## Abstract

One of the major socioeconomic and global sustainability issues is water scarcity, which imperils human survival and regional development. The current study aims to develop a model for allocating water resources more efficiently and equitably. In this regard, a multi-objective programming approach was developed with the first objective of equality of water resource allocation to be maximized, and the second objective of risk to be minimized. The risk considered in this study was the economic efficiency loss risk. For the annual water allocation model, the fluctuation in available water within the river basin is the main source of uncertainty and can result in the corresponding risk of economic efficiency loss. Thus, it is essential to manage the economic efficiency loss risk resulting from uncertainty. To solve the model, the compromise programming (CP) method was used. A sustainability index was also employed to determine the objective function weights. The developed model was applied to the Givi River basin in Iran. From the results, it was found that using the sustainability index is a suitable strategy in the CP method for determining the objective function weights. The results showed that the proposed model can be helpful in water management to allocate water resources.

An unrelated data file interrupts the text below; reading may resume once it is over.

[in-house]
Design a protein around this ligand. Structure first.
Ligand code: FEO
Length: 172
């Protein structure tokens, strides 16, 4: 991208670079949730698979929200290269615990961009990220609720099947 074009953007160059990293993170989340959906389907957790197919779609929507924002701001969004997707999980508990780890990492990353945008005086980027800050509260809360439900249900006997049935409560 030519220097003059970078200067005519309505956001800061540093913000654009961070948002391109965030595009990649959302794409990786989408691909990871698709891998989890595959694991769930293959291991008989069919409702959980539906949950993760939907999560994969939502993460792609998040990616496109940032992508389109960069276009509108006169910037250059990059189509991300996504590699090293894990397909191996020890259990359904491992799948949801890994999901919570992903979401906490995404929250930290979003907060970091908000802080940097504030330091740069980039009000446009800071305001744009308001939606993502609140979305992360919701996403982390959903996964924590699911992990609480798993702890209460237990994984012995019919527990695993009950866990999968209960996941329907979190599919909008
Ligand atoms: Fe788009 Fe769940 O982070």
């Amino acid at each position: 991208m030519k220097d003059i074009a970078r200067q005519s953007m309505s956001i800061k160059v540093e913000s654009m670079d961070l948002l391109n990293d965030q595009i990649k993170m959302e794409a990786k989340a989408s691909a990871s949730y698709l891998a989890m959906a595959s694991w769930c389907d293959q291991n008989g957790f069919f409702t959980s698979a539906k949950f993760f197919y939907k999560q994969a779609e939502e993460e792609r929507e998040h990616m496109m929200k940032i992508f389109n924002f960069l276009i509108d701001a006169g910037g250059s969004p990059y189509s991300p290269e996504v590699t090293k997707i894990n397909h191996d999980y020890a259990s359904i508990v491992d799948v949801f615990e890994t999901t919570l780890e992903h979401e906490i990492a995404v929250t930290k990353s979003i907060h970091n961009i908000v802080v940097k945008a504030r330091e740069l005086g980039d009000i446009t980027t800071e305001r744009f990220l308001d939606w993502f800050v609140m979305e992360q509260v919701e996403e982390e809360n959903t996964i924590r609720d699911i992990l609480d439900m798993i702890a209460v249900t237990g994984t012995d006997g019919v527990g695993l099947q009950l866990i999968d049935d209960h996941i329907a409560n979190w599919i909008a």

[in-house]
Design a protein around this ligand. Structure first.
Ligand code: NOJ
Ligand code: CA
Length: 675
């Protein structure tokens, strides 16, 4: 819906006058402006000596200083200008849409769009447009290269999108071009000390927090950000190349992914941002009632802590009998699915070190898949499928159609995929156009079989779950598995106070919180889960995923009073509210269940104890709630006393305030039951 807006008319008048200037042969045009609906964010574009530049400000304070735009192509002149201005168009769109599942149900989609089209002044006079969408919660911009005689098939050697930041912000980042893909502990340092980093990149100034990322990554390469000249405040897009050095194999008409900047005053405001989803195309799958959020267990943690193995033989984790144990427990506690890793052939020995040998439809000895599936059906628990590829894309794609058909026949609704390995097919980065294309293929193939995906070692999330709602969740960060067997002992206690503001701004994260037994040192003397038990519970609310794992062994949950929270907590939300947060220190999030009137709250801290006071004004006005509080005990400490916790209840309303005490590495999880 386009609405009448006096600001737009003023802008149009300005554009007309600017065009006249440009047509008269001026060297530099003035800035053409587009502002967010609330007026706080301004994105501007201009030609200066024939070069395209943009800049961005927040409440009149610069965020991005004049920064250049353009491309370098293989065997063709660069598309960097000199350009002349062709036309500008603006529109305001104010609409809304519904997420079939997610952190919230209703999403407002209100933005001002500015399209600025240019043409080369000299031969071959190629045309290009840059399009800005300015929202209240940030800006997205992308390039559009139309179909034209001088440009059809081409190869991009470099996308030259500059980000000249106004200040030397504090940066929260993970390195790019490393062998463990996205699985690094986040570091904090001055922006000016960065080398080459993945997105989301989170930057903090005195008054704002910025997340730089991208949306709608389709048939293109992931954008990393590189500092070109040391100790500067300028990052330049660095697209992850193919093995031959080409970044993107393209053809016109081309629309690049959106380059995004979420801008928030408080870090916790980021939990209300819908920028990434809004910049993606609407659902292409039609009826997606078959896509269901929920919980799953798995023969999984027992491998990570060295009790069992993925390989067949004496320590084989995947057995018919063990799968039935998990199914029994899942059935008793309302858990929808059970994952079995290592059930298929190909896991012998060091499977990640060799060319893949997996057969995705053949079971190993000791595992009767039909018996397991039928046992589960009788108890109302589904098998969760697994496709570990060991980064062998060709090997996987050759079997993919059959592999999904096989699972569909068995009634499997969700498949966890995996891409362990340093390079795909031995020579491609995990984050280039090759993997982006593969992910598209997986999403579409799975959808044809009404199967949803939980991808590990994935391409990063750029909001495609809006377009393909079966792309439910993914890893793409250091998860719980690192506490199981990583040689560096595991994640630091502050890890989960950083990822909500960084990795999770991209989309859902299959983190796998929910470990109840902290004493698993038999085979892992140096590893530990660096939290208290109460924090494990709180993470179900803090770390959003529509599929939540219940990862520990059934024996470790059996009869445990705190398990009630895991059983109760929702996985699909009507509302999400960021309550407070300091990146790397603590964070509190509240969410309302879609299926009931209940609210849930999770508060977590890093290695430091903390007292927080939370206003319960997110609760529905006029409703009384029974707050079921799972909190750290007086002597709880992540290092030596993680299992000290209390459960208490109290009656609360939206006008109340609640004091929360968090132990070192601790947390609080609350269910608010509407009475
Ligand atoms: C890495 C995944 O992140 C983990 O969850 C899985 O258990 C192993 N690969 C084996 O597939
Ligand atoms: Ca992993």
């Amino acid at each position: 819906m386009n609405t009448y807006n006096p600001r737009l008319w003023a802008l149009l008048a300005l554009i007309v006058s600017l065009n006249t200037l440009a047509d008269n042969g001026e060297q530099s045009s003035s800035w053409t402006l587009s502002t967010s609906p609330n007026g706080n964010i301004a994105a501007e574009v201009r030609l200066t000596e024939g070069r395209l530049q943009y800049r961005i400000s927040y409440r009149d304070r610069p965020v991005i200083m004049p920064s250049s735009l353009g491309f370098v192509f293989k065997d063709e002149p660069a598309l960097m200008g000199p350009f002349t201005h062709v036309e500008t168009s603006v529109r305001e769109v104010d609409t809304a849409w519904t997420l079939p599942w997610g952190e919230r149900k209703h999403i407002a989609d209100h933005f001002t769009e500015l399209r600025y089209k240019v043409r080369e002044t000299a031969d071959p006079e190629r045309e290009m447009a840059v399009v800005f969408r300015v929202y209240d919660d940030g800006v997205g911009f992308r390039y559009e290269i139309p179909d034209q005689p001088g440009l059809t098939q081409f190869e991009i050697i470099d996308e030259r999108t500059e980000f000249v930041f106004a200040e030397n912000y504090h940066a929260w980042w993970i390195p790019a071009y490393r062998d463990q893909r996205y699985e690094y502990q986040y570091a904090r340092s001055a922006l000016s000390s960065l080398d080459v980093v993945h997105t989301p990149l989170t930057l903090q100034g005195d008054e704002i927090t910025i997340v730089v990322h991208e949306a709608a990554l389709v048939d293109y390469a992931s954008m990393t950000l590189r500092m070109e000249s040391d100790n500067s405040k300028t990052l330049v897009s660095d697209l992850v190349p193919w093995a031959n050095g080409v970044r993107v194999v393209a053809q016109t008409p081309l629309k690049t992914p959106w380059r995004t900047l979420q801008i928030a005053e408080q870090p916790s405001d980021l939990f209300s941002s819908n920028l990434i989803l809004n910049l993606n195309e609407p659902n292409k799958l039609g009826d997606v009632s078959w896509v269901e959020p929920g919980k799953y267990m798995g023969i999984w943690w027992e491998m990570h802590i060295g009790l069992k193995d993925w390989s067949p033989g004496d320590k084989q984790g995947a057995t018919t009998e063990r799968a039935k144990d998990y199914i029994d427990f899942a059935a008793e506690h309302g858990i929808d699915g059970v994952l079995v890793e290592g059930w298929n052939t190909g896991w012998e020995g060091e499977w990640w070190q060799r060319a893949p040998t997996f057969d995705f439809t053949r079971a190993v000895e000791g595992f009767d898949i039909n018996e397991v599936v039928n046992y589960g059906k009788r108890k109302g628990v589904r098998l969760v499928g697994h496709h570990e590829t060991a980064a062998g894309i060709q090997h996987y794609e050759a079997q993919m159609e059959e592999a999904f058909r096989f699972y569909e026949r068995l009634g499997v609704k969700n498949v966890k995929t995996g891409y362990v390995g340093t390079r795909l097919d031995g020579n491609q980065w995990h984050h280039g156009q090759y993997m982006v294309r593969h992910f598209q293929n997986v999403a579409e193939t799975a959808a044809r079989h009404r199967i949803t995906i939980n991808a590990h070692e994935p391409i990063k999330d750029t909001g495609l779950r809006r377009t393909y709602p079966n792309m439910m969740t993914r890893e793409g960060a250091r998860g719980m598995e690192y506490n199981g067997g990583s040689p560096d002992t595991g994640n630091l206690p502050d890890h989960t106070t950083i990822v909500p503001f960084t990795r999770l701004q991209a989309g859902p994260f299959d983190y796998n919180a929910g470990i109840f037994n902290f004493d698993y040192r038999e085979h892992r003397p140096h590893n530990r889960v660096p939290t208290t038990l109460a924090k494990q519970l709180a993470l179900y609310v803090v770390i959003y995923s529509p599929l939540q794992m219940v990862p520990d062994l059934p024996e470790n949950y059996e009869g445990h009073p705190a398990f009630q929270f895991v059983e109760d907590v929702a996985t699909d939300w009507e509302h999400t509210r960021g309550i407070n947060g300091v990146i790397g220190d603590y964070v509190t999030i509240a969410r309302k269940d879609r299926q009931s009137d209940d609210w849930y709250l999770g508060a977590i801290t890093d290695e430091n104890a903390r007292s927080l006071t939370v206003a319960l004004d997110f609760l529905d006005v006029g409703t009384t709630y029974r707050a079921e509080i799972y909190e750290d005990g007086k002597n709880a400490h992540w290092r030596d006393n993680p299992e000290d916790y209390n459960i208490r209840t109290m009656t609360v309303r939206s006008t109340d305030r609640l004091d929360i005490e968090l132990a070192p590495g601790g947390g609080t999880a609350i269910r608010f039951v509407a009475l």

## INTRODUCTION

Population and economic growth has increased agricultural and domestic water demand. Different groups of water users need to know how much water will be allocated to their activities. Consumers also need to know how much water, allocated to them, may not be supplied. They can then buy water from a more expensive source or decrease their development activities. Two important criteria in optimal allocation of water resources are efficiency and equality. Together with these two criteria, consideration should be given to sustainable water allocation (Hu *et al.* 2016a). Numerous researchers have been interested in developing an efficient index to show the equality in distribution of water resources. One of the first pioneers was Gini (1921).